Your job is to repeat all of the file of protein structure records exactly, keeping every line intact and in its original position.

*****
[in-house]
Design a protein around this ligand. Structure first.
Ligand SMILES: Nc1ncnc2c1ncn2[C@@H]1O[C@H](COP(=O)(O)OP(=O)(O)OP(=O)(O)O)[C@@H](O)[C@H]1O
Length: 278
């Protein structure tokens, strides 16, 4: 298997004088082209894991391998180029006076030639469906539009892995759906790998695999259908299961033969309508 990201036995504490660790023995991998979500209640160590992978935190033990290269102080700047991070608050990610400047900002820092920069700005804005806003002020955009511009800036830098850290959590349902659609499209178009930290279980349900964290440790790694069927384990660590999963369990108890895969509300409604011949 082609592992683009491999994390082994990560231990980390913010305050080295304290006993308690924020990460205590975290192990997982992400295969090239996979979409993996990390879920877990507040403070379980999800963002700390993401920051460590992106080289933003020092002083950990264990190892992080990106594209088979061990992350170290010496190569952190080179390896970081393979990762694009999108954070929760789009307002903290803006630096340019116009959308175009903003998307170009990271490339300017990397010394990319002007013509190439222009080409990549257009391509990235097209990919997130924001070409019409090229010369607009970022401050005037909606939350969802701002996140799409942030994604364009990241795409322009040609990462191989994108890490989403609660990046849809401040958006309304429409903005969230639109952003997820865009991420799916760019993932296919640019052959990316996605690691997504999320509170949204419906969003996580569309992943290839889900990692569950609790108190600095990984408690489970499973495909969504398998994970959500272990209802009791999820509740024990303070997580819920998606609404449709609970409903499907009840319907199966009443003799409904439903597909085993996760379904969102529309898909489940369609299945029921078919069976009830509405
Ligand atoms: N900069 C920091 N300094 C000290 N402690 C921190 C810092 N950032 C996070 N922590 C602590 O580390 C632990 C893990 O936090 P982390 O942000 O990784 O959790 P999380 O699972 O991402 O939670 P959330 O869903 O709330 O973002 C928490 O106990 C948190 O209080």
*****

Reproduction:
[in-house]
Design a protein around this ligand. Structure first.
Ligand SMILES: Nc1ncnc2c1ncn2[C@@H]1O[C@H](COP(=O)(O)OP(=O)(O)OP(=O)(O)O)[C@@H](O)[C@H]1O
Length: 278
């Protein structure tokens, strides 16, 4: 298997004088082209894991391998180029006076030639469906539009892995759906790998695999259908299961033969309508 990201036995504490660790023995991998979500209640160590992978935190033990290269102080700047991070608050990610400047900002820092920069700005804005806003002020955009511009800036830098850290959590349902659609499209178009930290279980349900964290440790790694069927384990660590999963369990108890895969509300409604011949 082609592992683009491999994390082994990560231990980390913010305050080295304290006993308690924020990460205590975290192990997982992400295969090239996979979409993996990390879920877990507040403070379980999800963002700390993401920051460590992106080289933003020092002083950990264990190892992080990106594209088979061990992350170290010496190569952190080179390896970081393979990762694009999108954070929760789009307002903290803006630096340019116009959308175009903003998307170009990271490339300017990397010394990319002007013509190439222009080409990549257009391509990235097209990919997130924001070409019409090229010369607009970022401050005037909606939350969802701002996140799409942030994604364009990241795409322009040609990462191989994108890490989403609660990046849809401040958006309304429409903005969230639109952003997820865009991420799916760019993932296919640019052959990316996605690691997504999320509170949204419906969003996580569309992943290839889900990692569950609790108190600095990984408690489970499973495909969504398998994970959500272990209802009791999820509740024990303070997580819920998606609404449709609970409903499907009840319907199966009443003799409904439903597909085993996760379904969102529309898909489940369609299945029921078919069976009830509405
Ligand atoms: N900069 C920091 N300094 C000290 N402690 C921190 C810092 N950032 C996070 N922590 C602590 O580390 C632990 C893990 O936090 P982390 O942000 O990784 O959790 P999380 O699972 O991402 O939670 P959330 O869903 O709330 O973002 C928490 O106990 C948190 O209080």